Miller (1986) proposes regulatory reform as the key driver of FI. This is because FI arises from the need to exploit regulatory gaps. Invariably it is a vicious cycle where new regulations trigger FI, which triggers further regulatory reform, prompting further innovation (Ross, 2016). For example, Yorulmazer (2013) demonstrates how FI helps to circumvent capital and reserve requirements through credit default swaps (CDSs) to transfer risk-weighted assets from the balance sheet without necessarily reducing risk. Robitaille (2011) finds similar evidence about the circumventing of reserve requirements with FI in Brazil. However, if regulations are designed to mitigate systematic risk, their clever avoidance via FI could be problematic and with adverse long-term consequences on economic growth (IMF, 2011), even though a short-term outlook may be impressive and/or stable.

Other studies have confirmed that any consequences of FI, may not be wholesome but industry-specific. Banks, for instance, may enjoy higher than expected non-core revenue (non-interest revenue) from FI including benefiting from FI in terms of risk-sharing, increased liquidity and an intensified competition effect (Calmès and Théoret, 2015). Instefjord (2005) shows that applying FI to the credit derivative markets improves risk allocation. Grydaki and Bezemer (2013) discovered that liquidity and credit flow improved during the Great Moderation due to FI. Duygun et al. (2013) confirm that as competition through FI intensifies, banks' overall cost and profit efficiency improve.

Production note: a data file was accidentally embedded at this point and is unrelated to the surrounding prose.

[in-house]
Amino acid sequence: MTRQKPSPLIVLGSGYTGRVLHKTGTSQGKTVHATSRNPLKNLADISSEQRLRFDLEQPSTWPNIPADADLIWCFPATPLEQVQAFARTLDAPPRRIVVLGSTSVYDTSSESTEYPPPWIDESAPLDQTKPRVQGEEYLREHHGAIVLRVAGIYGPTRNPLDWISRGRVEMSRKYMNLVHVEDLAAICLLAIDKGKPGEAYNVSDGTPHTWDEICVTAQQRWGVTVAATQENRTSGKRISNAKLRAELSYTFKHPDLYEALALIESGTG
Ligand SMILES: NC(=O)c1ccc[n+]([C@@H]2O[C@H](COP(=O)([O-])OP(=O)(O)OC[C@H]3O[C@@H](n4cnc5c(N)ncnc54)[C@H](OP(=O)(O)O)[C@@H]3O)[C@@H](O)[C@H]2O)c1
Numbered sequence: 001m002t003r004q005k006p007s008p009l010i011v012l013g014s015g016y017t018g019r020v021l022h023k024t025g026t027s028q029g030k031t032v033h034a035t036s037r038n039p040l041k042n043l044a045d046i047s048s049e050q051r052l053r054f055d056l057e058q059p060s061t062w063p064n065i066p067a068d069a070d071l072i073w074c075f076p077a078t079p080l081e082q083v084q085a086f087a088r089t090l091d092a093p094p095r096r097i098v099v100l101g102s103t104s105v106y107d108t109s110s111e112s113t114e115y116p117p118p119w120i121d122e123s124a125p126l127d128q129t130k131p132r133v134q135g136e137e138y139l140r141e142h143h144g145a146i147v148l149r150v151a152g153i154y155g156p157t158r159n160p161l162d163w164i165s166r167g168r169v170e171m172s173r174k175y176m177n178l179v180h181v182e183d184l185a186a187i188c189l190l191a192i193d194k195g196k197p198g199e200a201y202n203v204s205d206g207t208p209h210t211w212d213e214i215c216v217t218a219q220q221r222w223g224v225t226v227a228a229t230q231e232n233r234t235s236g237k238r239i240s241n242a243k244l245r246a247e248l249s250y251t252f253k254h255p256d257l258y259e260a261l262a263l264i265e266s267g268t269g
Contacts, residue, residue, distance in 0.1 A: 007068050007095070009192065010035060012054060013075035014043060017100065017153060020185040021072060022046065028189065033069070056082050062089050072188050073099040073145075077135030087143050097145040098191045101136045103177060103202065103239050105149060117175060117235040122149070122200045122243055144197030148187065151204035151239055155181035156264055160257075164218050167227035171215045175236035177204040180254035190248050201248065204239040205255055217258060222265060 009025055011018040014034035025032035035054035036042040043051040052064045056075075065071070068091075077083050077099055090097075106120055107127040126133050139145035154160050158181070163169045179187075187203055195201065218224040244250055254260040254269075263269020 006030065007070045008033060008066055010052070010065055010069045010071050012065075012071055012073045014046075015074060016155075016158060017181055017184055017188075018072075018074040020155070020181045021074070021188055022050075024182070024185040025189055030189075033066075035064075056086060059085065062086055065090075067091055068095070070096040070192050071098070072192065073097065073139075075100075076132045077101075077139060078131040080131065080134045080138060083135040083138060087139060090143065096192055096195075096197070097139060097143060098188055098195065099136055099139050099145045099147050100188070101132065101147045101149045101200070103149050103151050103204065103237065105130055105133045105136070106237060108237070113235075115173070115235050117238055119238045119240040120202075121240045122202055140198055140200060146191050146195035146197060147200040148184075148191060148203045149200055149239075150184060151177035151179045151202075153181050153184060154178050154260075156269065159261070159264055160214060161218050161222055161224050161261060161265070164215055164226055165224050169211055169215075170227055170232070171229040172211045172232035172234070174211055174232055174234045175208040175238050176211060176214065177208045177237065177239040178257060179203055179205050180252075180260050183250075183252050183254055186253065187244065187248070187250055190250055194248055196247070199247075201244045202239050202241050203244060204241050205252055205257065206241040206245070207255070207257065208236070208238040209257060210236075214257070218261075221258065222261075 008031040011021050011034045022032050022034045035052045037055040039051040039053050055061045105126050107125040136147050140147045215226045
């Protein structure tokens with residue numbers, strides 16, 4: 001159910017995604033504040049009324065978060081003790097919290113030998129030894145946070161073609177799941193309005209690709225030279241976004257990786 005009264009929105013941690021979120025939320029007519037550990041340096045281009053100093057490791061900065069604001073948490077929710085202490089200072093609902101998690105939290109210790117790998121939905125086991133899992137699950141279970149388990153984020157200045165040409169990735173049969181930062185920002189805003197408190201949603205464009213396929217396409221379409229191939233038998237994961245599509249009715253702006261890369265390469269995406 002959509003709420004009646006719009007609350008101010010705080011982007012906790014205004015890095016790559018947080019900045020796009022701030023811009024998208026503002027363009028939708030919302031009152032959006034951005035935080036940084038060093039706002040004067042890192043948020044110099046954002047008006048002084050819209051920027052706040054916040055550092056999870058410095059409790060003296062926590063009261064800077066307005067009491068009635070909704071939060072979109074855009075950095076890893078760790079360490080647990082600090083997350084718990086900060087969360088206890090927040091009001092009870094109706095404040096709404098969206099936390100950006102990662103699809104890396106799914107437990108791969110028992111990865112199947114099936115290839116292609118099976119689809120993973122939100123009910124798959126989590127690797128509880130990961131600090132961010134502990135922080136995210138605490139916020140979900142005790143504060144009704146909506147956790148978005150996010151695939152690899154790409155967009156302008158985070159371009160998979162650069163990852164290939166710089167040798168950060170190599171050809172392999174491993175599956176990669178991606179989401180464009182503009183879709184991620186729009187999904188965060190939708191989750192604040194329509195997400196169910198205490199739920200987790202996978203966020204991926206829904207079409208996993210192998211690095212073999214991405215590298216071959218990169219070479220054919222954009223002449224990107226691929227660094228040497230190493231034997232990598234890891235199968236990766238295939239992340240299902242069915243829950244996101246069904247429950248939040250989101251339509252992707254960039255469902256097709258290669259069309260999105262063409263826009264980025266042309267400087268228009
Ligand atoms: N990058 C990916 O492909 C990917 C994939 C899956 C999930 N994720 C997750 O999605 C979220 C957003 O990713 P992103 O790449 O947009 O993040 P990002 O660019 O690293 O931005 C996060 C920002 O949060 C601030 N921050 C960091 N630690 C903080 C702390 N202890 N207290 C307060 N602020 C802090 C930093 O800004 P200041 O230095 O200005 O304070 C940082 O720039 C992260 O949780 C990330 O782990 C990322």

Lerner and Tufano (2011) define FI as “the act of crafting and then popularising new financial instruments, technologies, institutions, markets, processes and business models including the new application of existing ideas in a different market context.” Mention and Torkkeli (2014) contest this definition as narrow, preferring a more holistic conceptualization of FI that quantifies FI's economic and/or intangible impact on society. Mention and Torkkeli (2014) define FI as a process that is “carried out by any institution, that involves the creation, promotion and adoption of new (including both incremental and radical) products, platforms, processes or enabling technologies that introduce new ways or changes to the way a financial activity is carried out.” Khraisha and Arthur (2018) have also argued that FI transcends innovations in the financial instruments category and can come from non-financial institutions.

There is no consensually agreed-upon proxy in the literature. Hay (2016) and Beck et al. (2016) used R&D expenditure as a proxy for two constructs of FI. The first is value-added intensity, measured as the ratio of R&D spend to the value-added in the financial intermediation sector. The second is cost intensity which is the ratio of R&D to operating costs. Beccalli (2007) highlights the paucity of data on R&D expenditure and the fecundity of approaches used in measuring such activities. Pérignon and Vallée (2017) considered structured products and new services, such as Internet banking, and ATMs, as FI. Other studies have proxied financial patents as FI (Li, 2018). Michalopoulos et al. (2009) proxied FI with the ratio of bank credit to the private sector to the GDP to indicate the effect of FI on financial development. Other studies have used bank credit to the private sector as a proxy indicator for FI (e.g. Idun and Aboagye, 2014).

Other studies use a functional approach in the measurement of FI. It involves analyzing the desired effects of the innovation. For instance, Farmer and Lafond (2016) proxy FI in the energy sector with energy production costs. Studies within the banking sector have proxied FI with liquidity (Hendershott et al., 2021), volatility reduction (Dynan et al., 2006), reduction in selected costs (Freixas and Rochet, 2008), access to credit (Ilyina and Samaniego, 2011) and risk-sharing and/or diversification (Allen and Gale, 1994). However, determining the outcome of FI is complex and can be constrained by information asymmetry (Arora et al., 2010). Most of these proxies restrict FI to traditional banks and obscure the current evolution of FI outside the mainstream financial boundaries.